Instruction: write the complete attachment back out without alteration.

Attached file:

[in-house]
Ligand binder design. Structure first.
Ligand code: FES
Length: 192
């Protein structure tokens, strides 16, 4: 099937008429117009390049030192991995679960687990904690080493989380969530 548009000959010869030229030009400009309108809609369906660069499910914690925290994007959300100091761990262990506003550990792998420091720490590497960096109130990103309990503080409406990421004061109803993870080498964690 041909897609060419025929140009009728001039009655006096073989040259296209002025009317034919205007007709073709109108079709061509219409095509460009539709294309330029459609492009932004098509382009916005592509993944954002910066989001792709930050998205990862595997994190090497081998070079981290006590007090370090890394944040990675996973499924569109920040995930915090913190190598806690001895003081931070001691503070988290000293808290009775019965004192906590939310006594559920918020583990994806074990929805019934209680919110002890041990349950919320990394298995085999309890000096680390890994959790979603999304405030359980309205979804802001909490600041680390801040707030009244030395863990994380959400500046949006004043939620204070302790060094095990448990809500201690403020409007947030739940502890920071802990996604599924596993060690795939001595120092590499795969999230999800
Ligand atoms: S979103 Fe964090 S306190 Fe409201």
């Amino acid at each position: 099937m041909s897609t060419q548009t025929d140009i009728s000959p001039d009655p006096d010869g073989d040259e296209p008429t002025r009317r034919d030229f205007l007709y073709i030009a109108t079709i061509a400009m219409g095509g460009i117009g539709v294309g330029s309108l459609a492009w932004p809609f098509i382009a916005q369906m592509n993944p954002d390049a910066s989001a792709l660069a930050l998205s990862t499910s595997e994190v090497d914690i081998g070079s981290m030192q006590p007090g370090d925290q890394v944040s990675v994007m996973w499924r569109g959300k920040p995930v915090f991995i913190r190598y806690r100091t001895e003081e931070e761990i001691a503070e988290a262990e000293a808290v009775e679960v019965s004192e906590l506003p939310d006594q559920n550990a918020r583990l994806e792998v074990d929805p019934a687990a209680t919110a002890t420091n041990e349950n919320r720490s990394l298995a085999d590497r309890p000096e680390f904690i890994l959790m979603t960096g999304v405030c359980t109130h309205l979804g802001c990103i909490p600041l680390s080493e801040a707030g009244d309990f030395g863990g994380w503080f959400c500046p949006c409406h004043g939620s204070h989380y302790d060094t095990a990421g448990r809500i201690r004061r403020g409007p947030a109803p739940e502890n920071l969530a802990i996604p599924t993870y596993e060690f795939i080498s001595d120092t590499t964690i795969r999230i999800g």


[in-house]
Ligand binder design. Structure first.
Ligand code: FES
Length: 192
């Protein structure tokens, strides 16, 4: 099937008429117009390049030192991995679960687990904690080493989380969530 548009000959010869030229030009400009309108809609369906660069499910914690925290994007959300100091761990262990506003550990792998420091720490590497960096109130990103309990503080409406990421004061109803993870080498964690 041909897609060419025929140009009728001039009655006096073989040259296209002025009317034919205007007709073709109108079709061509219409095509460009539709294309330029459609492009932004098509382009916005592509993944954002910066989001792709930050998205990862595997994190090497081998070079981290006590007090370090890394944040990675996973499924569109920040995930915090913190190598806690001895003081931070001691503070988290000293808290009775019965004192906590939310006594559920918020583990994806074990929805019934209680919110002890041990349950919320990394298995085999309890000096680390890994959790979603999304405030359980309205979804802001909490600041680390801040707030009244030395863990994380959400500046949006004043939620204070302790060094095990448990809500201690403020409007947030739940502890920071802990996604599924596993060690795939001595120092590499795969999230999800
Ligand atoms: S979103 Fe964090 S306190 Fe409201």
């Amino acid at each position: 099937m041909s897609t060419q548009t025929d140009i009728s000959p001039d009655p006096d010869g073989d040259e296209p008429t002025r009317r034919d030229f205007l007709y073709i030009a109108t079709i061509a400009m219409g095509g460009i117009g539709v294309g330029s309108l459609a492009w932004p809609f098509i382009a916005q369906m592509n993944p954002d390049a910066s989001a792709l660069a930050l998205s990862t499910s595997e994190v090497d914690i081998g070079s981290m030192q006590p007090g370090d925290q890394v944040s990675v994007m996973w499924r569109g959300k920040p995930v915090f991995i913190r190598y806690r100091t001895e003081e931070e761990i001691a503070e988290a262990e000293a808290v009775e679960v019965s004192e906590l506003p939310d006594q559920n550990a918020r583990l994806e792998v074990d929805p019934a687990a209680t919110a002890t420091n041990e349950n919320r720490s990394l298995a085999d590497r309890p000096e680390f904690i890994l959790m979603t960096g999304v405030c359980t109130h309205l979804g802001c990103i909490p600041l680390s080493e801040a707030g009244d309990f030395g863990g994380w503080f959400c500046p949006c409406h004043g939620s204070h989380y302790d060094t095990a990421g448990r809500i201690r004061r403020g409007p947030a109803p739940e502890n920071l969530a802990i996604p599924t993870y596993e060690f795939i080498s001595d120092t590499t964690i795969r999230i999800g």